He has seen teachers and librarians who also embrace his hope to build empathy and have used his books to do so. “I’ve seen teachers using my books in amazing ways. Timelines are always great ways to understand historical context—I’ve seen schools run butcher paper along a hallway, and kids fill in not only events from the book they’re reading but also other major events from the time. Many teachers will map the journeys of my characters to better understand the geography of our past and present. And, of course, reading and writing from the viewpoint of my characters builds empathy.”

Alan Gratz speaking to students at Hastings Middle School

Alan Gratz speaking to students at New Providence Middle School

Currently, Gratz is working on a new novel about 9/11 that is scheduled for publication in 2021—the 20th anniversary of that horrific day. “Middle schoolers today were born after 9/11, so for them it’s as much a part of history as D-Day.”

“’We are stronger together’ is the central theme of Allies, and what I most hope young readers take away from it.”

“I have young readers eagerly anticipating whatever is next for me, and they want it to be as good—or better—than the last! I enjoy that challenge. It pushes me as a writer. It makes me introspective as well. I hope my books make the world a better place to live in, whether it’s because they are entertaining and make someone’s time here on Earth more enjoyable, or because they touch someone’s heart and mind and make them want to work for positive change. Hopefully both.”

The Evolution of a Writer and His Writing Process

“If you went back in time and told college-writer-me that one day I would be known for writing historical fiction, he would have laughed you right back into your time machine. I was a lazy writer. What I mean is that I didn’t want to do research, I didn’t want to outline, I didn’t want to revise. I wanted to just rely on my own talent and just sit down and write something good. And I could do that! But what I realized, eventually, was that I wasn’t writing anything great. For that, I was really going to have to put in the time and effort on the front end and the back end of writing.

Samurai ShortstopSo how did I stumble into writing historical fiction? Samurai Shortstop. My first two attempts at writing a novel—both pretty lazy, by my earlier definition!—were contemporary stories that I didn’t have to research, hadn’t outlined, and had only revised enough to polish. Then, while reading a travel guide to Japan and thinking wistfully of finally getting to travel there, I ran into a story about the roots of Japanese baseball at the end of what was the country’s samurai era. There really had been people running around with samurai swords and baseball bats? What a great novel that would make!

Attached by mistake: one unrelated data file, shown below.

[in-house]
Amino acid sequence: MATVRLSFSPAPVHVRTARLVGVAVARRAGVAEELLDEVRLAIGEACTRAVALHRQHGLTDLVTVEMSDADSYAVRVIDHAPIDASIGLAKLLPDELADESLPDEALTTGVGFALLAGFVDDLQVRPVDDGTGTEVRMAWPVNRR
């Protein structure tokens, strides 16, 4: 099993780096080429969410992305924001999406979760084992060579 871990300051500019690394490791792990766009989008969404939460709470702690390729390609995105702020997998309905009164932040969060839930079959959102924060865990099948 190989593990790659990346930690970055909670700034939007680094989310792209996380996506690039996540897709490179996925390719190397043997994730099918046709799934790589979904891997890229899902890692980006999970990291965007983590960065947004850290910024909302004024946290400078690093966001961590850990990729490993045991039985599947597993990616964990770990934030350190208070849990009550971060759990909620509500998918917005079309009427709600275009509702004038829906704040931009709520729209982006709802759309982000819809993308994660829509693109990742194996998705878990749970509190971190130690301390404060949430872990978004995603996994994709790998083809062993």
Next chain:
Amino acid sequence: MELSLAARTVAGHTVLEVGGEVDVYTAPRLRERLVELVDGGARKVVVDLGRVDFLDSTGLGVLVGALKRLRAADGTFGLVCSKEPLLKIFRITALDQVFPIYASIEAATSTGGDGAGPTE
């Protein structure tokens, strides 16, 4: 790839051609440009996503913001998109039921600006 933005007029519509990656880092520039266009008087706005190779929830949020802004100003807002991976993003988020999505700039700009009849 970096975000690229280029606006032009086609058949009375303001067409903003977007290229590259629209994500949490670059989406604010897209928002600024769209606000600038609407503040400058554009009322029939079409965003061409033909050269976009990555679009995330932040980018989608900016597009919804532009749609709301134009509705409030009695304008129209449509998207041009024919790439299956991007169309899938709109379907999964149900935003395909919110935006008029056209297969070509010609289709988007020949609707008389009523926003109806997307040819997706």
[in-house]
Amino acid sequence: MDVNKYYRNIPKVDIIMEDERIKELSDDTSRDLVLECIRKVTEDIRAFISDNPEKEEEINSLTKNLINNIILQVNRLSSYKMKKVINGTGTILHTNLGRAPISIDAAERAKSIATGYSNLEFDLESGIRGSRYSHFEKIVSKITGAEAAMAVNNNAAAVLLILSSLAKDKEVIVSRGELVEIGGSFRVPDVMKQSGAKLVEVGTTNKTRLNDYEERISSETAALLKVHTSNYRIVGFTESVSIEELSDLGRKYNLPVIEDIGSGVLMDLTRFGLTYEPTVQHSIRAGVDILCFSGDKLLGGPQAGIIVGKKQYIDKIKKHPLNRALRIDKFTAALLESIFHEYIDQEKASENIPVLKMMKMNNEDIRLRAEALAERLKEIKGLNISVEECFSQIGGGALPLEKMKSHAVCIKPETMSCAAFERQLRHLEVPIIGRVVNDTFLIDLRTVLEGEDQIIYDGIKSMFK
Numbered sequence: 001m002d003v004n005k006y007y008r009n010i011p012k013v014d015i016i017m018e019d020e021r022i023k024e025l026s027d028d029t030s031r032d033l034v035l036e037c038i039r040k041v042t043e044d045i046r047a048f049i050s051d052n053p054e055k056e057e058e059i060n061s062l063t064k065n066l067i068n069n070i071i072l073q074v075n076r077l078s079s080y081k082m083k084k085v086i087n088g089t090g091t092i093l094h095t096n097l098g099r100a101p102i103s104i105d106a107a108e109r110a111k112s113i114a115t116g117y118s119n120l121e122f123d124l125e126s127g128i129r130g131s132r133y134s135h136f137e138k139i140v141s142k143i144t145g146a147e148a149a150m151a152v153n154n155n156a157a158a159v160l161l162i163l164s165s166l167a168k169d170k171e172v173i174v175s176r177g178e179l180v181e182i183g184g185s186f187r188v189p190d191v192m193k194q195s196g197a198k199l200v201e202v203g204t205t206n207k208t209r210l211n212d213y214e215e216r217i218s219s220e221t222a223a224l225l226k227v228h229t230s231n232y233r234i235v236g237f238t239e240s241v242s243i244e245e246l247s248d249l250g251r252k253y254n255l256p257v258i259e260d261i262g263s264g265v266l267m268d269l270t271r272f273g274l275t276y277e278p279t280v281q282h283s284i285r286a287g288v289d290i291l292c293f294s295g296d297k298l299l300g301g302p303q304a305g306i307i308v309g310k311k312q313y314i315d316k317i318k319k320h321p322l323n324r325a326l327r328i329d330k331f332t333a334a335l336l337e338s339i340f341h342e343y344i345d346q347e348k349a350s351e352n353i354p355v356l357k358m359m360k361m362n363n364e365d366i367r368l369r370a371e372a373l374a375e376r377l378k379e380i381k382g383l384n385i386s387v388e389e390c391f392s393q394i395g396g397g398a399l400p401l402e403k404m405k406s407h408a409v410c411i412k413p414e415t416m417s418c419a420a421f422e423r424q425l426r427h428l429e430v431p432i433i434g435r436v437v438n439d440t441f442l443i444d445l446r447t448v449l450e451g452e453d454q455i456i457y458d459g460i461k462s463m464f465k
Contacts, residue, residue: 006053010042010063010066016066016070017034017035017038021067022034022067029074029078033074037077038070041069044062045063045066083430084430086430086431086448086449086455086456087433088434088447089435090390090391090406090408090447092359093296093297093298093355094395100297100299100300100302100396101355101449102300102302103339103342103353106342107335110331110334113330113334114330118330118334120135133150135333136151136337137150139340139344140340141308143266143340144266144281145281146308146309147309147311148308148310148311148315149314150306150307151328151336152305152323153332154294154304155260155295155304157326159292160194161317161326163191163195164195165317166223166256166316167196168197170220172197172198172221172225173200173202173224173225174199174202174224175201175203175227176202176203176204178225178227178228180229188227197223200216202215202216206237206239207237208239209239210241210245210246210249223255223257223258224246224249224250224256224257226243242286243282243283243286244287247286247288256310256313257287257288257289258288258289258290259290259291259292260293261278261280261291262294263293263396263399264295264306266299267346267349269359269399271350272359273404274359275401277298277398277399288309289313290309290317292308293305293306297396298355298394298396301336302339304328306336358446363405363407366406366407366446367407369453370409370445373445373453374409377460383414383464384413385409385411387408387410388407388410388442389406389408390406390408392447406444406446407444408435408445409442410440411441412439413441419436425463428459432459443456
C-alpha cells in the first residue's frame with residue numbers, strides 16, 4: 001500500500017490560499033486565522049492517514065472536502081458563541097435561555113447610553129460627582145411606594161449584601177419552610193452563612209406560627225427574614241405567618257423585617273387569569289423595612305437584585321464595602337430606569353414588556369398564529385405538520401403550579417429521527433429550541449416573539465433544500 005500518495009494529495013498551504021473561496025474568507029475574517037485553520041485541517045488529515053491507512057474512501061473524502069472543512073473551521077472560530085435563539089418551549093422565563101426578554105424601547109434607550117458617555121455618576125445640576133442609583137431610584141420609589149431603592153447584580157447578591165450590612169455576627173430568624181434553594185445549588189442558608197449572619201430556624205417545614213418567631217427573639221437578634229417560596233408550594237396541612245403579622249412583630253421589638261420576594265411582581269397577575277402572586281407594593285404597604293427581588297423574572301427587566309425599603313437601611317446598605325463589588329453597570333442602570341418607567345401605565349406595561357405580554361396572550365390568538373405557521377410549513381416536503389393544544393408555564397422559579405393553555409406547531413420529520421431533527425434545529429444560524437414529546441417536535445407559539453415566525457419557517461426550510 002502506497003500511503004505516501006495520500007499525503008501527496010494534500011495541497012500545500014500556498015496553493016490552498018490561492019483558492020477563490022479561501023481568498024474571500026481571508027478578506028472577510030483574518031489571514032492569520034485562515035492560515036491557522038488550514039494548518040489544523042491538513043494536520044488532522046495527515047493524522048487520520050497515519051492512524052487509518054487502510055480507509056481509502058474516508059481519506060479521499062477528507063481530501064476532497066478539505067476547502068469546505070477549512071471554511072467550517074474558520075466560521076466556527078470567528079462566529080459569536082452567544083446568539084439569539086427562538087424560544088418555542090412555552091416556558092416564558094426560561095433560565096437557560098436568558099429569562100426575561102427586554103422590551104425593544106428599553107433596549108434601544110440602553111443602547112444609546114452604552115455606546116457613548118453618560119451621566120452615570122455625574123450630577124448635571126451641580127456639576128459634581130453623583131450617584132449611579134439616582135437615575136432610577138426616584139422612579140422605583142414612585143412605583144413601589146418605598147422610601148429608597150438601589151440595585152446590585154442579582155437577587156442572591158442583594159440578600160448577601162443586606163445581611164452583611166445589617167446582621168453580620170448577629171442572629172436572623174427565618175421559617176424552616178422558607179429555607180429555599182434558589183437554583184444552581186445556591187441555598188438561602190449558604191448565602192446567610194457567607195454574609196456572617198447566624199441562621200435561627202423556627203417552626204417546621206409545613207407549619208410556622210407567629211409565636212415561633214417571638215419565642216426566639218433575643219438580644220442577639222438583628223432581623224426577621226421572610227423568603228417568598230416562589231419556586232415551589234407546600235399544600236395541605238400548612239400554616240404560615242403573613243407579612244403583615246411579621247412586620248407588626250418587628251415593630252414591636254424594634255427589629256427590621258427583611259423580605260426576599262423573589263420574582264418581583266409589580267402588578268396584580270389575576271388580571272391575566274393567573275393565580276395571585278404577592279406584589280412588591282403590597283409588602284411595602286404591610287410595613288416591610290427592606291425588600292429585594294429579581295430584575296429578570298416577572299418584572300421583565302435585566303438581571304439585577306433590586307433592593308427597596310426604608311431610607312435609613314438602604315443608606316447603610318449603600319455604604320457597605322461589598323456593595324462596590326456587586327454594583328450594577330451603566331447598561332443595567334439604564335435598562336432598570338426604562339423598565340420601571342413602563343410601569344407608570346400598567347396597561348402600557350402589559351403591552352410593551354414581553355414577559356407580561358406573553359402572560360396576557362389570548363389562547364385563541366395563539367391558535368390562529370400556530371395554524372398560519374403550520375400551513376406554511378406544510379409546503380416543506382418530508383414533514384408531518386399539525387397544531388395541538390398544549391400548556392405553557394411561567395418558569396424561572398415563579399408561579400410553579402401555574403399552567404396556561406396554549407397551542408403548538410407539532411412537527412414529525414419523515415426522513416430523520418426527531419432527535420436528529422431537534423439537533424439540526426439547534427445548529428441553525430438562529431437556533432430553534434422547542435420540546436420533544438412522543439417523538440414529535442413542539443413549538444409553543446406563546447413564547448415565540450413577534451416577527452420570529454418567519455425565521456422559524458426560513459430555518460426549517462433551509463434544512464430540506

But I didn’t write historical fiction. I didn’t even know how you started to do that. But the idea kept calling to me, and so I jumped in. Along the way, I learned how to organize my research, to outline my story, and to really revise. Then, lo and behold, that was the book that got my foot in the door to publishing. From that point on I was a changed writer—and I had caught the historical fiction bug for good.

I know that many writers go to the locations they’re going to write about, and seek out primary documents to help bring their story to life in their heads and on the page, but that’s not how I work. I’ve never been to a place I’m writing about before I write about it, though a few times now I’ve been able to travel to a place I’ve already written about. I check out stacks of books from the library, and use other people’s research and accounts of a time and place to build my narratives.

How do I decide which bits to include? I’m always looking for the most interesting and most exciting bits! I have to be very careful not to exoticize—that’s not my goal. Instead, I’m looking for those parts of a time and a place that most of us don’t know about, but that really happened— baseball-playing samurai, Irish spies in Germany during World War II, Okinawan refugees on their own island during the Battle of Okinawa, Jewish prisoners who survived multiple camps during the Holocaust, modern-day refugees using Google Maps to work their way from Syria to Germany. I’m looking for stories and events that make you say, ‘Wow, I never knew that—but it really happened!’

I start with the kernel of an idea—an Irish spy in the Hitler Youth, three families escaping violence to seek new homes as refugees, multiple perspectives on the same massive D-Day invasion—and then research to support that idea. If the research doesn’t fit, I don’t force it!

AlliesFor Allies, I had expected to write a book that was essentially like passing a baton, or a string of dominoes. I wanted one character to do something heroic, meet the next character, and then send him or her on their way, then do that all over again until the end. But that’s not really what D-Day was like. Many people were working in concert, yes, but often simultaneously, and spread out over a large area. So my domino idea went out the window! Instead, I found other ways to connect the characters.

Once I have enough story pieces that are supported by research, I outline the story on note cards on a big board I have in my office. When the outline is finished, I take the cards down, type them up, and begin to move the relevant research into the outline so I can have it at my fingertips when I write. Then I write a first draft, and revise that first draft. Then the book goes off to my editor, and she reads it and gives me notes. Then it’s back to revision! Revising is the longest part of the process—my editor and I will go back and forth on a book for almost a year until it’s ready.”

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Elementary Kids in a Classroom